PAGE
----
Monday, March 25, 2013

Jesus, Judas and Peter

Jesus had twelve Apostles who were his close confidants in his ministry. He certainly felt a closeness with the sons of Zebedee, John and James and he instructed all of them. Some might have been related, cousins, like Jude and his brother James but none where more intimately bound to Jesus in their destiny than Peter and Judas.  What we know is found in the Gospels and tradition, word passed on from generation to generation.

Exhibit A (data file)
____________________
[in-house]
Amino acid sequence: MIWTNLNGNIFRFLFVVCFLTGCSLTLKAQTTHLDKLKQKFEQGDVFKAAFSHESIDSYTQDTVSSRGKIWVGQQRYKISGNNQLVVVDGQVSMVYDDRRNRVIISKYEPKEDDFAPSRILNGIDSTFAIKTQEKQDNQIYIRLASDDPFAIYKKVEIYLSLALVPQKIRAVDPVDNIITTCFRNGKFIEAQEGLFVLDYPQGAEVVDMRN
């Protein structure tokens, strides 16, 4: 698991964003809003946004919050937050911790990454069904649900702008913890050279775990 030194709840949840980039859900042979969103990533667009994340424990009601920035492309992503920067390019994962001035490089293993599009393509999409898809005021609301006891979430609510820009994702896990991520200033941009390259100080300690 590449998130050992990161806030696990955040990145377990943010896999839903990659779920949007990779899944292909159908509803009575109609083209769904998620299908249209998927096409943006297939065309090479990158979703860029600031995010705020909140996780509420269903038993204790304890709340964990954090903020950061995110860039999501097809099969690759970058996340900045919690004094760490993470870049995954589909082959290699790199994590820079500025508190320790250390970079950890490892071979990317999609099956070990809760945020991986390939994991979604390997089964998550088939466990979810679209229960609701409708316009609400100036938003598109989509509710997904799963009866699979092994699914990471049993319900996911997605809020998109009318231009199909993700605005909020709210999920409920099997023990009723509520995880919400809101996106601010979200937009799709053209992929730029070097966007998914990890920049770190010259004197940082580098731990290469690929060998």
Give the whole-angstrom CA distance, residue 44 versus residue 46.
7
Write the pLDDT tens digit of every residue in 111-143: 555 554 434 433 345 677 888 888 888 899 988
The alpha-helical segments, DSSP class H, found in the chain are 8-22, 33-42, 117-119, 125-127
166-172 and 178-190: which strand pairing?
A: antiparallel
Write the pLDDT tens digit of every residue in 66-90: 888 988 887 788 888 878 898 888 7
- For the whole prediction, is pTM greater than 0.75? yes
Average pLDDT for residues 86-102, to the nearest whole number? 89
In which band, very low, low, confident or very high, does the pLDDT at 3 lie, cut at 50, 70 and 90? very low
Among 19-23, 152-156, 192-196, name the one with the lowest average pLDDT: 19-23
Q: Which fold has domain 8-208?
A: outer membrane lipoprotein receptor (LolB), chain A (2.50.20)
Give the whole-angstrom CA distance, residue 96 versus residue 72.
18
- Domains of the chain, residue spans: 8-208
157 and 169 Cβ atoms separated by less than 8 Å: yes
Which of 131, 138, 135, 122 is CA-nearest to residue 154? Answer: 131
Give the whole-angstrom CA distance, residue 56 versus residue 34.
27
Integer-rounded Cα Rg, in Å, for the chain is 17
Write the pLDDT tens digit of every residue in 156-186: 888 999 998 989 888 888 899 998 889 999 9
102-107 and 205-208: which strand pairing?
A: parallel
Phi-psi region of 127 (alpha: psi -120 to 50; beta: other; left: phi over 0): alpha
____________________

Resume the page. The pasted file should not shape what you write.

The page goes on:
Peter was a widower when Jesus came upon him. He had at least one son who became a follower of The Way. Peter was apparently taking care of his mother-in-law as the Gospels point out she was sick and Jesus cured her ills and then she waited upon them. Peter was a business man. He also worked in the business. Apparently he was a big bruiser and some tradition says he wasn't afraid of a fight if one came his way. The boat he owned wasn't a big fishing trawler rather an over-sized,  heavy open boat which had to be rowed and maybe had sails. They fished with nets. When the fishing was good the nets would fill up and one had to have good back, arms and legs muscles to be able to get the boat and the fish back to shore. When his day was over he was tired but some say he relaxed at what could be called the neighborhood pub only wine was drunk not beer. Peter's brother, Andrew, also an Apostle, was the first to get Peter's interest in Jesus. But Peter probably figured his brother was always following some so called prophet or another, after all didn't he follow that Baptist fellow around. Peter wasn't looking for any cause after all his wife left him early, he had a family including his mother-in-law as well as a business to take care of. The boat had to be maintained as did the nets so it wasn't just going out into Lake Galilee and fish in the sun, like the song "Lazy Bones" says. This took hard work, long hours and an ever increasing knowledge of when and where to fish. One gets the feeling Peter, Simon as he was called in those days, liked to work, play and laugh hard. When Jesus saw him he knew he had a charismatic something about him. He recognized the leadership skills. He certainly was a big guy and Jesus knew immediately Peter would be the rock on which he would build his church. Peter in turn was immediately attracted to Jesus and he would do whatever he wanted because he instinctively felt all the other matters, family, business and the like would take care of themselves. So he left everything and followed this itinerant preacher. And for the first three years it was a ball, all sorts of crazy things were happening. Crowds were building. Money was flowing in from Jesus' followers and was given back to the community almost immediately. Miracles were occurring without a break, the blind would see, lepers were healed, a multitude was fed with only seven fishes and loafs of bread with left overs, no less. Peter had to rein in his impulsiveness and had to hold back his temper. He had to control himself even when he thought Jesus was being taken advantage of. He and his fellow travelers were scolded more than once for staring at a pretty girl. Jesus wanted them to respect everything and everyone. Peter loved being one of Jesus' close confidants. Things were getting a little sticky though, the Jewish authorities were trying to say that Jesus was becoming too big for his britches. He was challenging them and that was no good. Some actually thought Jesus was blasphemous. Others were like any politician of any day trying to keep their position at all costs.